In the end, Eric Cantor took a hike—away from the interminable budget talks with the Democrats, and perhaps from his own House speaker as well.
The majority leader, the GOP’s go-to guy in negotiations with Joe Biden over the looming debt-ceiling crisis, infuriated Democrats on Thursday by announcing he is bowing out of the discussions. That is, until the other party abandons the idea of any tax increase whatsoever to bring down the ballooning national debt.
By single-handedly bailing out, Cantor puts the onus of finding an elusive deal back on John Boehner, the man who assigned the majority leader to the thankless task in the first place. The fact that Cantor reportedly gave the House speaker just a moment's notice of his decision before the news leaked to the press only reinforced the widespread belief on Capitol Hill that the two men are more rivals than teammates, especially when it comes to the loyalties of the large and powerful freshman class.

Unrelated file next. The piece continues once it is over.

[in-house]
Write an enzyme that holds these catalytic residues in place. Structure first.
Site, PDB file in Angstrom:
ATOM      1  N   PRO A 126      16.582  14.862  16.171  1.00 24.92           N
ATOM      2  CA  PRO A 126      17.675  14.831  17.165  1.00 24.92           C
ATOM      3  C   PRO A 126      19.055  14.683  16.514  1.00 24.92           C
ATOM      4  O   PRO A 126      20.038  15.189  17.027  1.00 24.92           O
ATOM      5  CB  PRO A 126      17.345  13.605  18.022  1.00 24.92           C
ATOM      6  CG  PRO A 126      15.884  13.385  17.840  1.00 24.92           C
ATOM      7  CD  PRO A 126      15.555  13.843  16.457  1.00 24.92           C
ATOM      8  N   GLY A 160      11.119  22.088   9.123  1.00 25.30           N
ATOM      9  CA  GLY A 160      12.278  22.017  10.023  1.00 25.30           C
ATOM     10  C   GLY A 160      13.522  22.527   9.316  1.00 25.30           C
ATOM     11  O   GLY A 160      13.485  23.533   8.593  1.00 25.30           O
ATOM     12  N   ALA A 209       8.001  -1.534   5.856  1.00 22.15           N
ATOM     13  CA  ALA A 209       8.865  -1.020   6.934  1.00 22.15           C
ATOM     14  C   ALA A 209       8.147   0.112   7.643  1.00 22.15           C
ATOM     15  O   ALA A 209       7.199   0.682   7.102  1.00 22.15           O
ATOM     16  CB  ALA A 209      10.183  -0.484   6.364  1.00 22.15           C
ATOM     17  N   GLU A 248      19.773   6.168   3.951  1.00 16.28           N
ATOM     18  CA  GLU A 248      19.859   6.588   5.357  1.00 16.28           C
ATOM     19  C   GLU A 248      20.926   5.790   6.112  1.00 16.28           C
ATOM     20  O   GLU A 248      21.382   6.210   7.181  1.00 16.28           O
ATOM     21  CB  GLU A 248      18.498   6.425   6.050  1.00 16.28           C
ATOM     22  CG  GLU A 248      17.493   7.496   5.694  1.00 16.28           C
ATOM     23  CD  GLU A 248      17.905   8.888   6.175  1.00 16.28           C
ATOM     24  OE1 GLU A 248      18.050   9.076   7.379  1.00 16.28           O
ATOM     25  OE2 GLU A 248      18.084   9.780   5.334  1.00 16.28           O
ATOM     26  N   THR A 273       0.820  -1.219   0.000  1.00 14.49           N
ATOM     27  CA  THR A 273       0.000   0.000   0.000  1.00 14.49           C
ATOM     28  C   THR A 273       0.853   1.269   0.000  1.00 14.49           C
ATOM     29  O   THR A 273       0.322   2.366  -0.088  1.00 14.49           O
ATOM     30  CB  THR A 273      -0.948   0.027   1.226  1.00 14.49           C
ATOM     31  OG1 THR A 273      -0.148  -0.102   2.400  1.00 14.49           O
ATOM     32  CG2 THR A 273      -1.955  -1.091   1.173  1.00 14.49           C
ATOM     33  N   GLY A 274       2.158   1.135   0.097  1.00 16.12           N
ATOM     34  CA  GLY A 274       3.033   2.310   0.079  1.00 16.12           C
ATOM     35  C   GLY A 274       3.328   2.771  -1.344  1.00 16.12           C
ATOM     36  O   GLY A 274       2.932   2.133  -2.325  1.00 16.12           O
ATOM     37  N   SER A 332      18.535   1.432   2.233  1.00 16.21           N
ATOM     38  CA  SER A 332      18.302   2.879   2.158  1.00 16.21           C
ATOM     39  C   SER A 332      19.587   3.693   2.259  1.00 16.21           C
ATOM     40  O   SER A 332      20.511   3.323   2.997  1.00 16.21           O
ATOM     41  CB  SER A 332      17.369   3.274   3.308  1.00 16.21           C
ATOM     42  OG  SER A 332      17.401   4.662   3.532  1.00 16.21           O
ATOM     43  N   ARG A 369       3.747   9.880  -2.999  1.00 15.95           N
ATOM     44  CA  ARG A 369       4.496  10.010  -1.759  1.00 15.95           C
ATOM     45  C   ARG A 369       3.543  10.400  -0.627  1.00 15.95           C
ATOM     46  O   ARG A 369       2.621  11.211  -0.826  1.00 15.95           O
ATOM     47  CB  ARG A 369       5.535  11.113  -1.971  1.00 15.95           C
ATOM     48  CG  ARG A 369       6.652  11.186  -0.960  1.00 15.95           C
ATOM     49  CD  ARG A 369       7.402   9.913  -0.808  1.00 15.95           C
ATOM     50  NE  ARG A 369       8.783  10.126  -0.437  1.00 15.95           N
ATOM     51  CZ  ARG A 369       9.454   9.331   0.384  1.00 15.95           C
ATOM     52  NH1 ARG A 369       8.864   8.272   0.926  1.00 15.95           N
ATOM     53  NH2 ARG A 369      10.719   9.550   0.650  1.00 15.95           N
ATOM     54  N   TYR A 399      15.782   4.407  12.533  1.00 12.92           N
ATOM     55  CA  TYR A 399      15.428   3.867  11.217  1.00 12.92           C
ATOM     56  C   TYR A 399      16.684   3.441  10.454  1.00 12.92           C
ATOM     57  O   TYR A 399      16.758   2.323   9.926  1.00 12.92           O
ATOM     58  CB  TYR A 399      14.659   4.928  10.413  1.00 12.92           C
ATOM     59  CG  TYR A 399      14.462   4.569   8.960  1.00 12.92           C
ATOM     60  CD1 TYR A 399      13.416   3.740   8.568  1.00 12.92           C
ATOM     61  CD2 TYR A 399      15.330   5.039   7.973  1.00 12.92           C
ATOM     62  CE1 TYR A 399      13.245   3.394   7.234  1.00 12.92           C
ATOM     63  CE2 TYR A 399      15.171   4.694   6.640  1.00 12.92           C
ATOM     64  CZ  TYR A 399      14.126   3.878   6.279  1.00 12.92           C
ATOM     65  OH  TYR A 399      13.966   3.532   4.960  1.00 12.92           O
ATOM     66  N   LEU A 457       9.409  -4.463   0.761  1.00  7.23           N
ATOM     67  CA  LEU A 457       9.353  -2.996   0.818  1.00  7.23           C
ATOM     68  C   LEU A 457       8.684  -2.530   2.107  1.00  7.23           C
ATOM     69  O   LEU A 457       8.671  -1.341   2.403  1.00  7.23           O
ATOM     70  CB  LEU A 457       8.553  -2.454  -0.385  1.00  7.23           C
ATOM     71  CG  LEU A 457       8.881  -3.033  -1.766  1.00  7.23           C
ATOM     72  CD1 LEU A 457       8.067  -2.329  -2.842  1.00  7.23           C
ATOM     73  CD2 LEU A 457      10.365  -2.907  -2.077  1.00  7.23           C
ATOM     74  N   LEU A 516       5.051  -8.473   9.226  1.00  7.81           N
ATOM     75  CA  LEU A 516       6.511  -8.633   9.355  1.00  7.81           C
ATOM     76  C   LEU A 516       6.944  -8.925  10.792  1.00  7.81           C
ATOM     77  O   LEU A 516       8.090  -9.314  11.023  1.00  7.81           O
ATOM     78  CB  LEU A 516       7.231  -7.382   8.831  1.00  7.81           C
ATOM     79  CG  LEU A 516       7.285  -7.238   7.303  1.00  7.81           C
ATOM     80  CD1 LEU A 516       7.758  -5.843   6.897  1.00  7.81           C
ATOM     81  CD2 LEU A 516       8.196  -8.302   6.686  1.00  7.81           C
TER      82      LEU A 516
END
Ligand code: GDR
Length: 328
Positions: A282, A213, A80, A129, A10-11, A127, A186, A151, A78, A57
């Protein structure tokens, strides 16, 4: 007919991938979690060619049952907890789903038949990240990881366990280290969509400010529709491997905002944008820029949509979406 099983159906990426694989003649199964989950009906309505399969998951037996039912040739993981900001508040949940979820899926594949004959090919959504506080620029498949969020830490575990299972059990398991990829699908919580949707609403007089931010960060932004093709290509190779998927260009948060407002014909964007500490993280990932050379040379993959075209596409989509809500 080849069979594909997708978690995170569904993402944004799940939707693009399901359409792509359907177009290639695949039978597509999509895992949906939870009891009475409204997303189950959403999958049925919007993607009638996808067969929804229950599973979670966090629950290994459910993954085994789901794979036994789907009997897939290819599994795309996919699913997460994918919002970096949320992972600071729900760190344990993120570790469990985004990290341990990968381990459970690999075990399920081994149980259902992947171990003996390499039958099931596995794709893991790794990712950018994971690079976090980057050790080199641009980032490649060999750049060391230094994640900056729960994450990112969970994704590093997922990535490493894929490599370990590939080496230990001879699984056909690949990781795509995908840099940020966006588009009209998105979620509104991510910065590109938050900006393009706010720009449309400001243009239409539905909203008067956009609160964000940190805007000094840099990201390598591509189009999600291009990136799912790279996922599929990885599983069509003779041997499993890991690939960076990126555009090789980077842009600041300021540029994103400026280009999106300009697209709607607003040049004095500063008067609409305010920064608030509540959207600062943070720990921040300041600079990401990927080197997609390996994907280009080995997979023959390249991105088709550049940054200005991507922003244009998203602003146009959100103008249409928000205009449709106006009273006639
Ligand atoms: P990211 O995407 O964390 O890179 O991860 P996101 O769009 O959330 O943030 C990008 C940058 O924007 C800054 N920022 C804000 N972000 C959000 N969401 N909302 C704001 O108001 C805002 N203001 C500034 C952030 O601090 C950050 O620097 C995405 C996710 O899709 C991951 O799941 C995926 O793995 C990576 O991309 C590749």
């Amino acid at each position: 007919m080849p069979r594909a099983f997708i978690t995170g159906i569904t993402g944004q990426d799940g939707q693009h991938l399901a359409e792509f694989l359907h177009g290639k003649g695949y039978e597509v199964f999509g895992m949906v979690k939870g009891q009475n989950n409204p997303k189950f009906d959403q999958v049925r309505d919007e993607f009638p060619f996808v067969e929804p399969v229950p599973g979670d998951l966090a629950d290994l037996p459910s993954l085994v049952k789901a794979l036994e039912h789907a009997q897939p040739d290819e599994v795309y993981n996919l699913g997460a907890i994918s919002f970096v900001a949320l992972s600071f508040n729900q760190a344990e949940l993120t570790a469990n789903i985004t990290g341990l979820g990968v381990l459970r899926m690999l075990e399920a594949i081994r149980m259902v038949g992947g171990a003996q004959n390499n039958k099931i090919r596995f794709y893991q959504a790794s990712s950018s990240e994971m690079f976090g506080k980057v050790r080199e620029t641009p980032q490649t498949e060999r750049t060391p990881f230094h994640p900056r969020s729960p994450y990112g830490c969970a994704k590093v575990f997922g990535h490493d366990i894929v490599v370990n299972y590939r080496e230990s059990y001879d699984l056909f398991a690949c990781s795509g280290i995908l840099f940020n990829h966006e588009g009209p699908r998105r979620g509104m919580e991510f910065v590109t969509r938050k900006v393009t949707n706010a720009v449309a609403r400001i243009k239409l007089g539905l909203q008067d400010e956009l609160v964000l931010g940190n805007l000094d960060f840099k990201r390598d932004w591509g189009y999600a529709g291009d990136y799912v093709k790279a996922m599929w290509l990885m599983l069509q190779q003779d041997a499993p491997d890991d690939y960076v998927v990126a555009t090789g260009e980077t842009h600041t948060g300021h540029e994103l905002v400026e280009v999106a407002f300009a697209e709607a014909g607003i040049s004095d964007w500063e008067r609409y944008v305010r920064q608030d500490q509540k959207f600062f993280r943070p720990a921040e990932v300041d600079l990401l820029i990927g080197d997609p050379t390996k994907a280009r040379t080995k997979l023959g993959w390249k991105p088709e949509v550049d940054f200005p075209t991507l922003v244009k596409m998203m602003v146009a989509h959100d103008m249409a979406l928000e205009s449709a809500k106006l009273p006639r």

No one could imagine Steny Hoyer doing such a thing to Nancy Pelosi, despite their political differences.
One indication of why Cantor may have abruptly pulled out of the talks came when White House Press Secretary Jay Carney confirmed that Boehner and President Obama met privately Wednesday night. Carney said the meeting was "following up on conversations they had on the golf course on Saturday” during their 18-hole summit.
With the two principals already at the table, aides say the inevitable endgame of Obama and Boehner hammering out the final deal appeared to already be under way—rendering moot anything that Cantor could have done in the six-way talks with Biden.
After news broke of the majority leader's surprise maneuver, Boehner and Cantor hardly presented a united front.